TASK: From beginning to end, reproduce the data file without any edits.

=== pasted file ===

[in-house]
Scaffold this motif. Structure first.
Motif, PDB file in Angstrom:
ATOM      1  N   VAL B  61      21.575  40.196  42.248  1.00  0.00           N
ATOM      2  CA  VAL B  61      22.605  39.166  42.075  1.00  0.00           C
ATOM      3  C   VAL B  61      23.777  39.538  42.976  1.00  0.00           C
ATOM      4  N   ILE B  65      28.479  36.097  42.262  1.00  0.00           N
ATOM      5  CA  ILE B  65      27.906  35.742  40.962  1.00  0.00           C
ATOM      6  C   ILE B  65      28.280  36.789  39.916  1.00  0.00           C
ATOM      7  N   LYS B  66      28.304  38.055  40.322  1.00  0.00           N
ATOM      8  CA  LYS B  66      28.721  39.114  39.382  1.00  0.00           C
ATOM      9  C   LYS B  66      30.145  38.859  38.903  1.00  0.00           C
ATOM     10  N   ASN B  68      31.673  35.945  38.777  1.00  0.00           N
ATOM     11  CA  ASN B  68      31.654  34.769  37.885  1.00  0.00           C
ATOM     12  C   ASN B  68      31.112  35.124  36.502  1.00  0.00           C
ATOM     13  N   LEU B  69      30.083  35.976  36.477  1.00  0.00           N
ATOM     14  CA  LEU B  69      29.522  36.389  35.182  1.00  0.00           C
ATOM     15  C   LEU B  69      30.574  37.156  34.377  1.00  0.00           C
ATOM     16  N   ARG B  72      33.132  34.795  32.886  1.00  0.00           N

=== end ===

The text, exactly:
[in-house]
Scaffold this motif. Structure first.
Motif, PDB file in Angstrom:
ATOM      1  N   VAL B  61      21.575  40.196  42.248  1.00  0.00           N
ATOM      2  CA  VAL B  61      22.605  39.166  42.075  1.00  0.00           C
ATOM      3  C   VAL B  61      23.777  39.538  42.976  1.00  0.00           C
ATOM      4  N   ILE B  65      28.479  36.097  42.262  1.00  0.00           N
ATOM      5  CA  ILE B  65      27.906  35.742  40.962  1.00  0.00           C
ATOM      6  C   ILE B  65      28.280  36.789  39.916  1.00  0.00           C
ATOM      7  N   LYS B  66      28.304  38.055  40.322  1.00  0.00           N
ATOM      8  CA  LYS B  66      28.721  39.114  39.382  1.00  0.00           C
ATOM      9  C   LYS B  66      30.145  38.859  38.903  1.00  0.00           C
ATOM     10  N   ASN B  68      31.673  35.945  38.777  1.00  0.00           N
ATOM     11  CA  ASN B  68      31.654  34.769  37.885  1.00  0.00           C
ATOM     12  C   ASN B  68      31.112  35.124  36.502  1.00  0.00           C
ATOM     13  N   LEU B  69      30.083  35.976  36.477  1.00  0.00           N
ATOM     14  CA  LEU B  69      29.522  36.389  35.182  1.00  0.00           C
ATOM     15  C   LEU B  69      30.574  37.156  34.377  1.00  0.00           C
ATOM     16  N   ARG B  72      33.132  34.795  32.886  1.00  0.00           N